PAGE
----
Fluid challenge is a common practice in the ICU. It is one of the most important resuscitation manoeuvres of acute circulatory failure management in critically ill patients. Adequate fluid resuscitation is very important because both hypovolaemia and fluid overload can result in poor outcomes in the ICU.

The criteria for fluid administration still remains controversial. A study was conducted to evaluate whether echocardiographic assessment of the response to fluid challenge at the end of the infusion or 20 minutes later could affect results.

The study included ICU patients in septic shock and who required a fluid challenge (FC) of 500 mL crystalloids over 10 minutes. Fluid responsiveness was defined as a > 15% increase in stroke volume (SV) assessed by velocity-time integral (VTI) measurements at baseline (T0), at the end of FC (T10), then 10 (T20) and 20 min (T30) after the end of FC.

Results of the study showed that out of a total of 76 patient responders to FC at T10, 37 were transient responders and 39 were persistent responders. Among the 67 non-responder at T10, 4 became responders at T30. Overall, 51.3% of initial responders had a persistent response to fluid 30 minutes after the beginning of fluid infusion, and only 41.3% had a transient response.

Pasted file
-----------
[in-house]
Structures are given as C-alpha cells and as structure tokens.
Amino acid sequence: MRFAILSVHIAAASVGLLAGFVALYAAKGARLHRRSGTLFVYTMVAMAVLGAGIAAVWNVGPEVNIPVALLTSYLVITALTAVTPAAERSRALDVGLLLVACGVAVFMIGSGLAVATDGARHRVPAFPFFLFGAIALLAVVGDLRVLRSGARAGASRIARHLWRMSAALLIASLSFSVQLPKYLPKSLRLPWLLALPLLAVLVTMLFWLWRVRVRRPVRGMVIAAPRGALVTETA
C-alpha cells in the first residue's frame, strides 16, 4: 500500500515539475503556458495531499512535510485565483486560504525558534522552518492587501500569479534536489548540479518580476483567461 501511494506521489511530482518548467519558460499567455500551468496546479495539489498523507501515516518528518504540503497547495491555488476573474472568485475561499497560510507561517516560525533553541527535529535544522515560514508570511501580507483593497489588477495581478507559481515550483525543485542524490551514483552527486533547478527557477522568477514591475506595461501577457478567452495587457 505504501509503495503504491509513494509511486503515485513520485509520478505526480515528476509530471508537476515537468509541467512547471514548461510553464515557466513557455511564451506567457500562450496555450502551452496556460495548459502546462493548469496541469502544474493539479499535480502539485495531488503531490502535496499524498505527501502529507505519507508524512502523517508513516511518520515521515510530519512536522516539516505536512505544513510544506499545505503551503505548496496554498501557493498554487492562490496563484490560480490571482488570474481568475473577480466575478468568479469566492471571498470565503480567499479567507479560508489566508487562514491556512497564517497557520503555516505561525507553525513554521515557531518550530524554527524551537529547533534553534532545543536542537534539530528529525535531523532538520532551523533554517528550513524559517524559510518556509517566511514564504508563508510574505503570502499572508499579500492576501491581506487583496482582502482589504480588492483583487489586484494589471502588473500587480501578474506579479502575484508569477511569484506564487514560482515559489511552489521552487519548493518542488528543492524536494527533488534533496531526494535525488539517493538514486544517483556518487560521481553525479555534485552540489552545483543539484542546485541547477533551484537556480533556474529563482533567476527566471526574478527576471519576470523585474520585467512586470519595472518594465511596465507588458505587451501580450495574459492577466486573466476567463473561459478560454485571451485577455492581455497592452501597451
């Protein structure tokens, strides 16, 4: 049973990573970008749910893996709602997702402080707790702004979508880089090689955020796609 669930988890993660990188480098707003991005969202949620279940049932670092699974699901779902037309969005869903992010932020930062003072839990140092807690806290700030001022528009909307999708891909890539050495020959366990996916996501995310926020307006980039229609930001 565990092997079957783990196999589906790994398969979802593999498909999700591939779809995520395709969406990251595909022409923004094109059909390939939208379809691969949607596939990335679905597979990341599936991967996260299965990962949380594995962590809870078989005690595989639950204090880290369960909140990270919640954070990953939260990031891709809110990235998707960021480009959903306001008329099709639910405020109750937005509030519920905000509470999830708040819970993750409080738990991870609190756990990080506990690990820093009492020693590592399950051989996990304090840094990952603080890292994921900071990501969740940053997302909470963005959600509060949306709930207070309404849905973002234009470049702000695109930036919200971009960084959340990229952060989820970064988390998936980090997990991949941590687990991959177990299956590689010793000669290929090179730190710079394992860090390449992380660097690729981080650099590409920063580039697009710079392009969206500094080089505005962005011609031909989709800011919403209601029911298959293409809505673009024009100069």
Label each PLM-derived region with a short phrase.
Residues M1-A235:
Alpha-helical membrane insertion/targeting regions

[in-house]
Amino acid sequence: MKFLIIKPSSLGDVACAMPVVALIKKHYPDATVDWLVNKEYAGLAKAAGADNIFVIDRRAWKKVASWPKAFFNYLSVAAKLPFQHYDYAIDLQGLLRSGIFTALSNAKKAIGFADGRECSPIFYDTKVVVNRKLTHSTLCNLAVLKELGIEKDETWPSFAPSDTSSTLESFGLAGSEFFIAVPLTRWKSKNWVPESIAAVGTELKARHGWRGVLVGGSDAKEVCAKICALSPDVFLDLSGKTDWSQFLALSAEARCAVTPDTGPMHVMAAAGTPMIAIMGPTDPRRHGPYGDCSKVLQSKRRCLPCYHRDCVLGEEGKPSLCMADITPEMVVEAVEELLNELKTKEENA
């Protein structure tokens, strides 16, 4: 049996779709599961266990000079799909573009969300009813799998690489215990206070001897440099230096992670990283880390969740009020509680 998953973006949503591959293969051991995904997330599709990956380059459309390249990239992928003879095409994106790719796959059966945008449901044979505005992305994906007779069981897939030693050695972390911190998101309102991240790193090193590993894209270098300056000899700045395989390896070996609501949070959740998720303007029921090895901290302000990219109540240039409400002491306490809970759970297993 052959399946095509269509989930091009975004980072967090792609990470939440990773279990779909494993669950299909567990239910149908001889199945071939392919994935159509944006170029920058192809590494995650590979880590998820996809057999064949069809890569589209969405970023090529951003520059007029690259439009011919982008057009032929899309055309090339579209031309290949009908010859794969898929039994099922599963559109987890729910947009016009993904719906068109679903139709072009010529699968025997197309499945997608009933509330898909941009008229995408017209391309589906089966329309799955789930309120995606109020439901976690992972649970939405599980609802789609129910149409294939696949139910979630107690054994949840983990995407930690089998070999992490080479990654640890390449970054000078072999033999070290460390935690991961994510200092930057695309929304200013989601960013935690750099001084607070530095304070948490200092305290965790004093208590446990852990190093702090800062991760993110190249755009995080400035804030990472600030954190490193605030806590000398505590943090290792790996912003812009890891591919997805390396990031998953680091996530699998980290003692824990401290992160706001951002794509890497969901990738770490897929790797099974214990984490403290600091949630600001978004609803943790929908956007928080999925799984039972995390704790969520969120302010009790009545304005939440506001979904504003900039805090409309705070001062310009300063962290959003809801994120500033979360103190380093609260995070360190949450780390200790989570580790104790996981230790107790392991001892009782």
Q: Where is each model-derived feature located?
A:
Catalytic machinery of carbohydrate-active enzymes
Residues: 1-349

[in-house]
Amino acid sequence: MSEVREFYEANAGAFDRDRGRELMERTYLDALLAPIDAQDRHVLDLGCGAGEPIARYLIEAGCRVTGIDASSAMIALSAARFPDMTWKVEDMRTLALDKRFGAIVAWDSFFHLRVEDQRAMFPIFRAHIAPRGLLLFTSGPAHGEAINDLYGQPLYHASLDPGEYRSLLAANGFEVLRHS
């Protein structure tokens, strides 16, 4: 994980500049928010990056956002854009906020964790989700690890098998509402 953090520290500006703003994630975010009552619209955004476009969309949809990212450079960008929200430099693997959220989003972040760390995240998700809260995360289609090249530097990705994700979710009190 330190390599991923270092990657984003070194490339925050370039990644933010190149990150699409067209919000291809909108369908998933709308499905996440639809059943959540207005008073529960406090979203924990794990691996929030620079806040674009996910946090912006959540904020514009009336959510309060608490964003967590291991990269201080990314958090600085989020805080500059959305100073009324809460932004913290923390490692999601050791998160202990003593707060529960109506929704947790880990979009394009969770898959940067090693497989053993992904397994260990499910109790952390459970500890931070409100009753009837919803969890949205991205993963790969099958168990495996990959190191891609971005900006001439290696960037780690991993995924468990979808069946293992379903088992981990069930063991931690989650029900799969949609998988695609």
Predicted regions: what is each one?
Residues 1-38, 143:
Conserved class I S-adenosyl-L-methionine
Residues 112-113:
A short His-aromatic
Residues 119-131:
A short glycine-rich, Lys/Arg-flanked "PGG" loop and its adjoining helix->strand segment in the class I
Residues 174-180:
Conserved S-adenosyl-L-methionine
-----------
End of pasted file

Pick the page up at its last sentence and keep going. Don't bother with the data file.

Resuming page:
Overall, half of the responders at the end of the fluid challenge were no longer responders 20 minutes later. These findings thus help us define three different profiles of fluid responsiveness: the non-responders who did not demonstrate any fluid efficacy; the persistent responders who exhibited a positive and sustained response to fluid challenge over time; and the transient responders who exhibited a positive response initially but that response was not maintained over time.

These findings highlight the importance of testing fluid responsiveness before administering large amounts of fluid (500 ml) and to also follow this response over time while monitoring the efficacy of fluid infusion on organ dysfunction. Fluid responsiveness should be assessed at the end of the fluid bolus and 30 minutes after the start.

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Roger C et al. (2019) Time course of fluid responsiveness in sepsis: the fluid challenge revisiting (FCREV) study. Critical Care, doi.org/10.1186/s13054-019-2448-z

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Fluid Responsiveness, ICU, Fluid Challenge New findings show that fluid responsiveness is time dependent; hence it is important to closely test fluid responsiveness before administering large amounts of fluid.